Ontario pharmacists, doctors, report rise in harassment surrounding COVID-19 vaccines
OTTAWA -- Less than one week after Ontario began enforcing its vaccine certificate, pharmacists and family physicians say they’re receiving more harassment from anti-vaxxers.
“There’s no question we’ve come across a number of precarious scenarios where there’s been abuse or harassment and I think that’s a shared concern across the healthcare system,” Justin Bates, CEO of the Ontario Pharmacists Association said.
At the Kingsway Health Centre in the Ottawa suburb of Manotick, Dr. Alykhan Abdulla says his staff have faced harassment for multiple reasons, including not prescribing Ivermectin, offering the COVID-19 vaccine, enforcing mask requirements, and not writing medical exemptions for patients who don’t qualify.
“People are fed up and so they need to get their anger, their frustration and their uncertainty, and they need to put it out on somebody and unfortunately it ends up being the healthcare professionals, the front office staff, the doctors,” Abdulla said.
According to Dr. Abdulla, it is taking a toll on staff.
“Every day, someone threatens to want to quit one of my clinics. They’re saying, ‘I can’t stand this anymore, handle this anymore, I need an opportunity to take some stress leave.’ That’s really hard.”
The phenomenon is happening across Ontario.
“We had one person come in to harass the people getting the shot; telling them they're all fools and harming themselves, all government puppets, among other swear words, to the staff who were administering (doses),” Mina Maseh, owner of the Victoria Commons Pharmacy in Scarborough, said.
Maseh says the majority of customer interactions have been positive, but the stress from the increased harassment recently forced one of his assistants to quit.
“As a pharmacist, it gets very stressful. We feel an unbelievable amount of burnout. I personally had a friend die from COVID-19 and about four long-term patients who we knew quite well. We know by vaccinating we're saving lives but also feel like at times we are being abused and have no way to fight back,” Maseh said.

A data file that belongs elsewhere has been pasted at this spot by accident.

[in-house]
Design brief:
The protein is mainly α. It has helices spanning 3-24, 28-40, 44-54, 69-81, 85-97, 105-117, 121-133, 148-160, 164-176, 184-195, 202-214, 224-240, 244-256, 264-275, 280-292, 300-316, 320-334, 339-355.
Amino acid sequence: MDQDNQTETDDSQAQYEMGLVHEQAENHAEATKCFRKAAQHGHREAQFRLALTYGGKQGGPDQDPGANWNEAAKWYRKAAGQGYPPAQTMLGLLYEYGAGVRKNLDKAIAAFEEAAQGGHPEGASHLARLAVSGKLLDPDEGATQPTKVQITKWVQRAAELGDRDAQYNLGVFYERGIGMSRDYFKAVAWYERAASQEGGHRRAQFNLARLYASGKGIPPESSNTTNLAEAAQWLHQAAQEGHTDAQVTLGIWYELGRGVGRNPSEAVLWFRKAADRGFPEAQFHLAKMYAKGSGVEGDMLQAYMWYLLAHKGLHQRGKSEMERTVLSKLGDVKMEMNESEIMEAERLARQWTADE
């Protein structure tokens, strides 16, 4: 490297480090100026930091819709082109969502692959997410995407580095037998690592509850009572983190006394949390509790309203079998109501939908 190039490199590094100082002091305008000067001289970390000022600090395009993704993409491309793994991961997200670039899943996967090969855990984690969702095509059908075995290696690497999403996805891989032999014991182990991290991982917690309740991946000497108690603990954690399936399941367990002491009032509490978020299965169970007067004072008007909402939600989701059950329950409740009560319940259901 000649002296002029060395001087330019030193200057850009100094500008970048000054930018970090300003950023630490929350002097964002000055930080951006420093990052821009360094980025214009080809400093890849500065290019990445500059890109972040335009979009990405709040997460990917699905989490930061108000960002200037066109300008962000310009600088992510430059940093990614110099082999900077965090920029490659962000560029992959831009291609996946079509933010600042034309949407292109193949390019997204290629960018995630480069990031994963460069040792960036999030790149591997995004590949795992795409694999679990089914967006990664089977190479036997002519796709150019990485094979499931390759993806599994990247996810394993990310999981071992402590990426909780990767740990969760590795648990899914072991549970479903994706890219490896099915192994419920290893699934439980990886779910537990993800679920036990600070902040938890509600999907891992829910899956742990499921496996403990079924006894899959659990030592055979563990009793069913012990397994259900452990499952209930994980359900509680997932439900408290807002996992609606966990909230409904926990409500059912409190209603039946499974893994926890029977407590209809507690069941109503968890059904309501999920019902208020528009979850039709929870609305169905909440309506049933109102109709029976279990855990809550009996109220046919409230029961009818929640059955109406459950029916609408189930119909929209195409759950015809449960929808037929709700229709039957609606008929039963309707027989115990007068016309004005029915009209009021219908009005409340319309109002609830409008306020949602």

CTV News spoke with more than 50 pharmacists in Ottawa for this story; roughly 20 per cent said they had recently been victim to some form of harassment at work.
Many declined to speak on the record fearing possible retaliation from customers.
One pharmacist working in Orléans told CTV News she had been offered $200 to falsify a vaccine receipt, while another working on Rideau Street said she had been screamed at by customers for offering the vaccine.
“Myself and some of my colleagues have also been approached to falsify vaccine records and that is very, very upsetting,” Kathleen Leach, a pharmacist and the owner of Sutherland’s Pharmacy in Hamilton said.
Leach says she’s had customers swear at her and her staff when administering the vaccine, and notes there’s been an uptick in people feeling forced to get the vaccine.
“Since the vaccine mandate has come in is a number of people who have come in to get vaccinated under protest,” she continued. “[The swearing] really upset the staff here for the entire day because it’s not our issue to make you want to do things that you don’t want to do.”
Abdulla says his clinic now has daily debriefing meetings, prepping the staff for issues they might encounter and discussing the feelings of burnout; meetings that until recently were only required weekly.
“We’re exhausted and we’re reaching our end of the rope. There’s going to be a price to pay, I don’t know when that price is. I hope it doesn’t happen during the pandemic, I hope we get the support we need,” he said.
According to the Ontario Pharmacists Association, these incidents have been increasing and there are concerns about what that means for health-care professionals.
“This is not unique in some respects; you always end up with the isolated cases of it, but we are seeing it escalate. I think we’re seeing the heated rhetoric become much more targeted towards businesses and healthcare providers and in some cases it can be violent,” Bates said.
Despite the challenges, Abdulla has a simple request for those seeking treatment or medical advice from those on the front line.
“Please be kind to one another because we know we’re all going through a hard time,” he said.